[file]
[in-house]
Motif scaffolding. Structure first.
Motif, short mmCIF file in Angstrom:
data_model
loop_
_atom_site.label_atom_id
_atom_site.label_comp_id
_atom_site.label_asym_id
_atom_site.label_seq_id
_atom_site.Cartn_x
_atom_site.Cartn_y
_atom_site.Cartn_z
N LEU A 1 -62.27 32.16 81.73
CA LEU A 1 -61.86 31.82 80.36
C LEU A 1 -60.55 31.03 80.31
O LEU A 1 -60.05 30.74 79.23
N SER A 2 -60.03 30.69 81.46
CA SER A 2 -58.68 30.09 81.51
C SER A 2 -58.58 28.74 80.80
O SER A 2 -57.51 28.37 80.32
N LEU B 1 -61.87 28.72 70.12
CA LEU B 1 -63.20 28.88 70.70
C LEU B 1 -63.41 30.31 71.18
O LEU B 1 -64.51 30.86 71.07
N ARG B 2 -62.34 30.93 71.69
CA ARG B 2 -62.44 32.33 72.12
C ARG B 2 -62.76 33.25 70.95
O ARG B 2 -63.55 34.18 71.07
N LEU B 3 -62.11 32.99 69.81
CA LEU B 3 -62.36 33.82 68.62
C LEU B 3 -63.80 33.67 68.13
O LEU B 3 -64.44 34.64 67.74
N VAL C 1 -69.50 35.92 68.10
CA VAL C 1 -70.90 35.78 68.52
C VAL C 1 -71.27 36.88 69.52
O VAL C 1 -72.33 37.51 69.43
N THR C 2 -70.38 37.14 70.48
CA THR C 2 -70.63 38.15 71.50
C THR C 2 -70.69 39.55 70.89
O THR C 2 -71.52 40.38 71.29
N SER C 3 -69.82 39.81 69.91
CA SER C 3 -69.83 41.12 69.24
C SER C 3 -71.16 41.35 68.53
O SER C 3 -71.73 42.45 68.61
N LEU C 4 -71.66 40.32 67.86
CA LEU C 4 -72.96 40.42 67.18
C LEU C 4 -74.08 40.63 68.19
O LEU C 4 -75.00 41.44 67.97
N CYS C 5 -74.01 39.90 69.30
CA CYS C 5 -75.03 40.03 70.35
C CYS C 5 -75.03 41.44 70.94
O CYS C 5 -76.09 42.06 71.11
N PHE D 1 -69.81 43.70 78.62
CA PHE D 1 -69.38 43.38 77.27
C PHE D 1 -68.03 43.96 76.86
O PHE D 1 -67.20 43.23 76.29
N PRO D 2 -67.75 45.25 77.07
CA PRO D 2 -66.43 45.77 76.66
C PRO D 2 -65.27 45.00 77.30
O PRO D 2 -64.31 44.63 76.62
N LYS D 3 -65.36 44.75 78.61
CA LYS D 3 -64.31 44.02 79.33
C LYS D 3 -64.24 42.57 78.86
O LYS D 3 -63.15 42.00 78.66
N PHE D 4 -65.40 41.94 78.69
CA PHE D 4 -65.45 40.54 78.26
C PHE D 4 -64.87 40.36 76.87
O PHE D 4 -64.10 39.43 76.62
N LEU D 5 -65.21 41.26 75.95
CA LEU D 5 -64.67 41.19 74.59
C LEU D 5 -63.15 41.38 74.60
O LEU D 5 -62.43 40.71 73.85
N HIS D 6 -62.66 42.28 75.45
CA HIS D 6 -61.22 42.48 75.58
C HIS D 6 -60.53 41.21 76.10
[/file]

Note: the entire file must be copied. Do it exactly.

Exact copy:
[in-house]
Motif scaffolding. Structure first.
Motif, short mmCIF file in Angstrom:
data_model
loop_
_atom_site.label_atom_id
_atom_site.label_comp_id
_atom_site.label_asym_id
_atom_site.label_seq_id
_atom_site.Cartn_x
_atom_site.Cartn_y
_atom_site.Cartn_z
N LEU A 1 -62.27 32.16 81.73
CA LEU A 1 -61.86 31.82 80.36
C LEU A 1 -60.55 31.03 80.31
O LEU A 1 -60.05 30.74 79.23
N SER A 2 -60.03 30.69 81.46
CA SER A 2 -58.68 30.09 81.51
C SER A 2 -58.58 28.74 80.80
O SER A 2 -57.51 28.37 80.32
N LEU B 1 -61.87 28.72 70.12
CA LEU B 1 -63.20 28.88 70.70
C LEU B 1 -63.41 30.31 71.18
O LEU B 1 -64.51 30.86 71.07
N ARG B 2 -62.34 30.93 71.69
CA ARG B 2 -62.44 32.33 72.12
C ARG B 2 -62.76 33.25 70.95
O ARG B 2 -63.55 34.18 71.07
N LEU B 3 -62.11 32.99 69.81
CA LEU B 3 -62.36 33.82 68.62
C LEU B 3 -63.80 33.67 68.13
O LEU B 3 -64.44 34.64 67.74
N VAL C 1 -69.50 35.92 68.10
CA VAL C 1 -70.90 35.78 68.52
C VAL C 1 -71.27 36.88 69.52
O VAL C 1 -72.33 37.51 69.43
N THR C 2 -70.38 37.14 70.48
CA THR C 2 -70.63 38.15 71.50
C THR C 2 -70.69 39.55 70.89
O THR C 2 -71.52 40.38 71.29
N SER C 3 -69.82 39.81 69.91
CA SER C 3 -69.83 41.12 69.24
C SER C 3 -71.16 41.35 68.53
O SER C 3 -71.73 42.45 68.61
N LEU C 4 -71.66 40.32 67.86
CA LEU C 4 -72.96 40.42 67.18
C LEU C 4 -74.08 40.63 68.19
O LEU C 4 -75.00 41.44 67.97
N CYS C 5 -74.01 39.90 69.30
CA CYS C 5 -75.03 40.03 70.35
C CYS C 5 -75.03 41.44 70.94
O CYS C 5 -76.09 42.06 71.11
N PHE D 1 -69.81 43.70 78.62
CA PHE D 1 -69.38 43.38 77.27
C PHE D 1 -68.03 43.96 76.86
O PHE D 1 -67.20 43.23 76.29
N PRO D 2 -67.75 45.25 77.07
CA PRO D 2 -66.43 45.77 76.66
C PRO D 2 -65.27 45.00 77.30
O PRO D 2 -64.31 44.63 76.62
N LYS D 3 -65.36 44.75 78.61
CA LYS D 3 -64.31 44.02 79.33
C LYS D 3 -64.24 42.57 78.86
O LYS D 3 -63.15 42.00 78.66
N PHE D 4 -65.40 41.94 78.69
CA PHE D 4 -65.45 40.54 78.26
C PHE D 4 -64.87 40.36 76.87
O PHE D 4 -64.10 39.43 76.62
N LEU D 5 -65.21 41.26 75.95
CA LEU D 5 -64.67 41.19 74.59
C LEU D 5 -63.15 41.38 74.60
O LEU D 5 -62.43 40.71 73.85
N HIS D 6 -62.66 42.28 75.45
CA HIS D 6 -61.22 42.48 75.58
C HIS D 6 -60.53 41.21 76.10